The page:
The renowned bassist, singer/songwriter and rapper’s latest album Ventriloquism is slated for a March 16, 2018 release and the album will feature covers of songs by TLC, Janet Jackson, Tina Tuner, Prince and others, all of which have been influential to Ndeogeocello’s work — but with a unique take. The album’s first single, her cover of Force MD’s smash hit “Tender Love,” finds Ndegeocello turning the slow-burning 80s piano ballad classic into a folksy, Harvest-era Neil Young/Fleetwood Mac track, complete with shuffling drumming, twinkling Fender Rhodes and harmonica. In my mind, what makes Ndegeocello’s cover truly fascinating is that she manages to completely eschew the 80s pop ballad cheesiness of the song, which makes it endearing 30 years after its release but without doing away with the song’s earnestness — while pointing out that the song manages to possess something that listeners far removed from the song’s initial release can grasp and connect to on a very visceral level. That’s what separates the great, timeless songs from the countless songs that will be forgotten 6 months or more after they’ve been released.  And on another level, the song will continue the renowned and iconoclastic Ndegeocello’s commentary on society’s narrow expectations of what black music should sound and be like.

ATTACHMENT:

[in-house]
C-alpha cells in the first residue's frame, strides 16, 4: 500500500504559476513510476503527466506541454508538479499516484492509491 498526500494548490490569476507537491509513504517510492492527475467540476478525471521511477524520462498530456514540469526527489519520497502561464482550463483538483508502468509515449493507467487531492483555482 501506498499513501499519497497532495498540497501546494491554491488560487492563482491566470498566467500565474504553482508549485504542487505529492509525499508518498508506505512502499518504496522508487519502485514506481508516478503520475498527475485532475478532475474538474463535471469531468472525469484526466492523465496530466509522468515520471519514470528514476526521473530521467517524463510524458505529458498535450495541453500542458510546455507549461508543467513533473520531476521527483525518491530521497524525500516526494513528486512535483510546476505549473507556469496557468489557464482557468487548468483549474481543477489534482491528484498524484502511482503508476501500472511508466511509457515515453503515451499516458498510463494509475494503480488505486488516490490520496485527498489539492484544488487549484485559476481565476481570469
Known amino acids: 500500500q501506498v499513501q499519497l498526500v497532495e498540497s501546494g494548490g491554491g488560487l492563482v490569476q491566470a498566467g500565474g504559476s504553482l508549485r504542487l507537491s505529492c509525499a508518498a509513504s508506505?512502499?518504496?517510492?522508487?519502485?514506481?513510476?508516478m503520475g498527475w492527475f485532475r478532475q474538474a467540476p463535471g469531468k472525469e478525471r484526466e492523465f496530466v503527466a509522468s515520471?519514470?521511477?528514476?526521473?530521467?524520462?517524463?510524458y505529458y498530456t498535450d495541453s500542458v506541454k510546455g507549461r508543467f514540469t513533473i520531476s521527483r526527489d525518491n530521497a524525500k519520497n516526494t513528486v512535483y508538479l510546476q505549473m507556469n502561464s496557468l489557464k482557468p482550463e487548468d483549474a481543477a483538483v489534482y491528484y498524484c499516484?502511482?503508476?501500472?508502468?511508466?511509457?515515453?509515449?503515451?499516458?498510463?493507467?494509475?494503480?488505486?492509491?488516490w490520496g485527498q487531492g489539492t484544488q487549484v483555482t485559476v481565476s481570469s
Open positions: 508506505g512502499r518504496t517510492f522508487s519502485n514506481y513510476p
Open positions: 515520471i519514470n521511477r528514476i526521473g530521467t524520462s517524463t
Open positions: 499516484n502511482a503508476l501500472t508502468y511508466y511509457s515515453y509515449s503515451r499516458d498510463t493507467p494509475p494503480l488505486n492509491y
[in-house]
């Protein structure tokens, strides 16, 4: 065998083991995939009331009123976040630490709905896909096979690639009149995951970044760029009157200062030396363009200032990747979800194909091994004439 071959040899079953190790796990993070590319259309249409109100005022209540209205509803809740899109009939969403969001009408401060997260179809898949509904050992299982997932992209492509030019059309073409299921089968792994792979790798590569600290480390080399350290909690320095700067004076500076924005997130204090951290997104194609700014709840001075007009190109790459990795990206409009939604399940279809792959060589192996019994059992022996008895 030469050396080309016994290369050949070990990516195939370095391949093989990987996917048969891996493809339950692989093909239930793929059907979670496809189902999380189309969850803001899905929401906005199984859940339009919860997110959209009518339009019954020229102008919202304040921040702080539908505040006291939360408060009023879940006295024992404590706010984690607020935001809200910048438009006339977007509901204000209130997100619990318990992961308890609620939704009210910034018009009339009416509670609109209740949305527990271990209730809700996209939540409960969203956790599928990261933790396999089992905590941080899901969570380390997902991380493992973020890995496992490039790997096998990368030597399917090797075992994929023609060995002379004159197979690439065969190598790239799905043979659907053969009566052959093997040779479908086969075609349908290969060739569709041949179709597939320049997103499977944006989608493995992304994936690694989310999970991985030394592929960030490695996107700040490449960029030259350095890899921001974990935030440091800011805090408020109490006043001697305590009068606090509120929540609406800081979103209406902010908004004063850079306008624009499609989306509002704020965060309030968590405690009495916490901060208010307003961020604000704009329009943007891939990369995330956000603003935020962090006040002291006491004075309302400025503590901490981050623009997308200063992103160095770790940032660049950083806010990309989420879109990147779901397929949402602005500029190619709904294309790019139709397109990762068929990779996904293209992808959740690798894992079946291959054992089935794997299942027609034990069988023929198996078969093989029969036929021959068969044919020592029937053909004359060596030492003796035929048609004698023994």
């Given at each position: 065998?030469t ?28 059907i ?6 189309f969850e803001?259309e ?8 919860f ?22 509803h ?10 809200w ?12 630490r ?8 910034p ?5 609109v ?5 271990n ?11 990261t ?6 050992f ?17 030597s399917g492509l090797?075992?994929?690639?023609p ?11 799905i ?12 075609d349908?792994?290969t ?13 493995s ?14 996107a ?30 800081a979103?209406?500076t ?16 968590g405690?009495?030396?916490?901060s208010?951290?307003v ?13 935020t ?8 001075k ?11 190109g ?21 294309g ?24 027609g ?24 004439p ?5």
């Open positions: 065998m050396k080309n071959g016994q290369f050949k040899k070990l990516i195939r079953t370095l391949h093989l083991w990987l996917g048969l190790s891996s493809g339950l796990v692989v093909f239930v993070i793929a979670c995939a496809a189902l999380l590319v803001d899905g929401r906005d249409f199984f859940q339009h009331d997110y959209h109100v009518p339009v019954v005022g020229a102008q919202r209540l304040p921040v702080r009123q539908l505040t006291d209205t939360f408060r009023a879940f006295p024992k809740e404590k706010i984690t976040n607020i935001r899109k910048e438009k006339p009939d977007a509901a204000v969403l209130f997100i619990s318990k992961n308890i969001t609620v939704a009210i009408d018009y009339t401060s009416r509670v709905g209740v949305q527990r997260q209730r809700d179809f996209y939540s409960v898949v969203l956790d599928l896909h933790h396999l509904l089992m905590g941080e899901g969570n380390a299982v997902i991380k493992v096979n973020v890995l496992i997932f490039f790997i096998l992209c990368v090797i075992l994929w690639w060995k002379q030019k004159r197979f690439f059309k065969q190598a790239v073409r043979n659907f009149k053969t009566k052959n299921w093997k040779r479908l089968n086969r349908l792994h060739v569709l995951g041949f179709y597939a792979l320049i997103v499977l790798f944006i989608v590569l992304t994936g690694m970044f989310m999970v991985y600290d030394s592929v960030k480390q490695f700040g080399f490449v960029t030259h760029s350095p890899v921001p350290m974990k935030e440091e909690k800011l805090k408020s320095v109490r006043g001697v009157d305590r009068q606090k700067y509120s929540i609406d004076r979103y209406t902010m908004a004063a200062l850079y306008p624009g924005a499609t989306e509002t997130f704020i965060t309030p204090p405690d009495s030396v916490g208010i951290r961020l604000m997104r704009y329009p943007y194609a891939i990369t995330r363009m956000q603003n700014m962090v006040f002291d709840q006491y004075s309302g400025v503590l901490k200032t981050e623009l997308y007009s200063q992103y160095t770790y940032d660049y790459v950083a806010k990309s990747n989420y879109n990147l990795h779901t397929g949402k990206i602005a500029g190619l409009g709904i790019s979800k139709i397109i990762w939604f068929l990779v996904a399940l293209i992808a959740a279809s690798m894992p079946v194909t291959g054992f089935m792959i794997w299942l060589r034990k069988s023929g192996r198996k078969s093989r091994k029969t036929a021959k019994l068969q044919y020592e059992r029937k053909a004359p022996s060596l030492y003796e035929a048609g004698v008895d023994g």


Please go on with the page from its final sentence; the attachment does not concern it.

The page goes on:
New Audio: Nick Hakim Returns with His Spectral Take on Singer/Songwriter Soul

With the release of Where Will We Go Part 1 and Where Will We Go Part 2, the Washington, DC-born, Brooklyn-based singer/songwriter Nick Hakim quickly established a national and international profile for a sound that effortlessly blurs genres as it possesses elements of classic soul, the blues, the soulful troubadour tradition of Van Morrison and others with hauntingly spectral electronic production and a soul-bearing, confessional intimacy.